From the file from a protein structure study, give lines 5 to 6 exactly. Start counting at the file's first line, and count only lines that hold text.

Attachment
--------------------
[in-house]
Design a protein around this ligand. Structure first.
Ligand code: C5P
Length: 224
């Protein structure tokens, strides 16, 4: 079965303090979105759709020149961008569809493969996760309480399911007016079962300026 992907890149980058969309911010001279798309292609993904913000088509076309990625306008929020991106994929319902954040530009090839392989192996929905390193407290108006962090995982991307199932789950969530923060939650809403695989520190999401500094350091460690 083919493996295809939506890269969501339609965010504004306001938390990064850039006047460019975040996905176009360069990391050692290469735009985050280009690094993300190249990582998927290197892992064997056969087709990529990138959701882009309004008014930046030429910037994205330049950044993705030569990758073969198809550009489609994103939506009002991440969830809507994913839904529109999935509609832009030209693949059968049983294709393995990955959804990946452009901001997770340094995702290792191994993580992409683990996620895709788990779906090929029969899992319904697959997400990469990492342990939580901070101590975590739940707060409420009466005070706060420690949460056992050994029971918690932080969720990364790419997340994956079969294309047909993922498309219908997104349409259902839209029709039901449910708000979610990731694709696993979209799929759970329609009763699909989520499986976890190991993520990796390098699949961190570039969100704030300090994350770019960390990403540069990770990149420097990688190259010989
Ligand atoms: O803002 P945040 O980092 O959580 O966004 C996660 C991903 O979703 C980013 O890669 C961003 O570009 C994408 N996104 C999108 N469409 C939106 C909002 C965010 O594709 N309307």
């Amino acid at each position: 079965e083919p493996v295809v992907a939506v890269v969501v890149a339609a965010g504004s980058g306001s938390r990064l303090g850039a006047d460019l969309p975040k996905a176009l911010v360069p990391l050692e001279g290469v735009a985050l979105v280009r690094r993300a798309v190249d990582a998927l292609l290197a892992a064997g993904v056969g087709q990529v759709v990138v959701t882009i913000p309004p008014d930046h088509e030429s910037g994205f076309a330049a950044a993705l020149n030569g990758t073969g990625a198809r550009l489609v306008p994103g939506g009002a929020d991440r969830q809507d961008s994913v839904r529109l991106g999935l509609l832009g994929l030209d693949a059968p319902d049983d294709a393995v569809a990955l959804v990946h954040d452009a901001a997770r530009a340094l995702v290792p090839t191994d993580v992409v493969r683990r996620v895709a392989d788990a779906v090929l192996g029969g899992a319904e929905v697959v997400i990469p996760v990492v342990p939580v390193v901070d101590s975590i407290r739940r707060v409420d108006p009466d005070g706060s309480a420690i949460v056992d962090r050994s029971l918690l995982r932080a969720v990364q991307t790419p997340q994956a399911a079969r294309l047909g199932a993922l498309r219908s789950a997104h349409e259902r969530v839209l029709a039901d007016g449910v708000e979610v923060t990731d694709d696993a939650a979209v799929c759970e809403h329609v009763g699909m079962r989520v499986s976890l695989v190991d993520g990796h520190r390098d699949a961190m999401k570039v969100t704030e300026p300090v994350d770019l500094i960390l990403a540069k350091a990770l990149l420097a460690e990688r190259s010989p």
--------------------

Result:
């Protein structure tokens, strides 16, 4: 079965303090979105759709020149961008569809493969996760309480399911007016079962300026 992907890149980058969309911010001279798309292609993904913000088509076309990625306008929020991106994929319902954040530009090839392989192996929905390193407290108006962090995982991307199932789950969530923060939650809403695989520190999401500094350091460690 083919493996295809939506890269969501339609965010504004306001938390990064850039006047460019975040996905176009360069990391050692290469735009985050280009690094993300190249990582998927290197892992064997056969087709990529990138959701882009309004008014930046030429910037994205330049950044993705030569990758073969198809550009489609994103939506009002991440969830809507994913839904529109999935509609832009030209693949059968049983294709393995990955959804990946452009901001997770340094995702290792191994993580992409683990996620895709788990779906090929029969899992319904697959997400990469990492342990939580901070101590975590739940707060409420009466005070706060420690949460056992050994029971918690932080969720990364790419997340994956079969294309047909993922498309219908997104349409259902839209029709039901449910708000979610990731694709696993979209799929759970329609009763699909989520499986976890190991993520990796390098699949961190570039969100704030300090994350770019960390990403540069990770990149420097990688190259010989
Ligand atoms: O803002 P945040 O980092 O959580 O966004 C996660 C991903 O979703 C980013 O890669 C961003 O570009 C994408 N996104 C999108 N469409 C939106 C909002 C965010 O594709 N309307």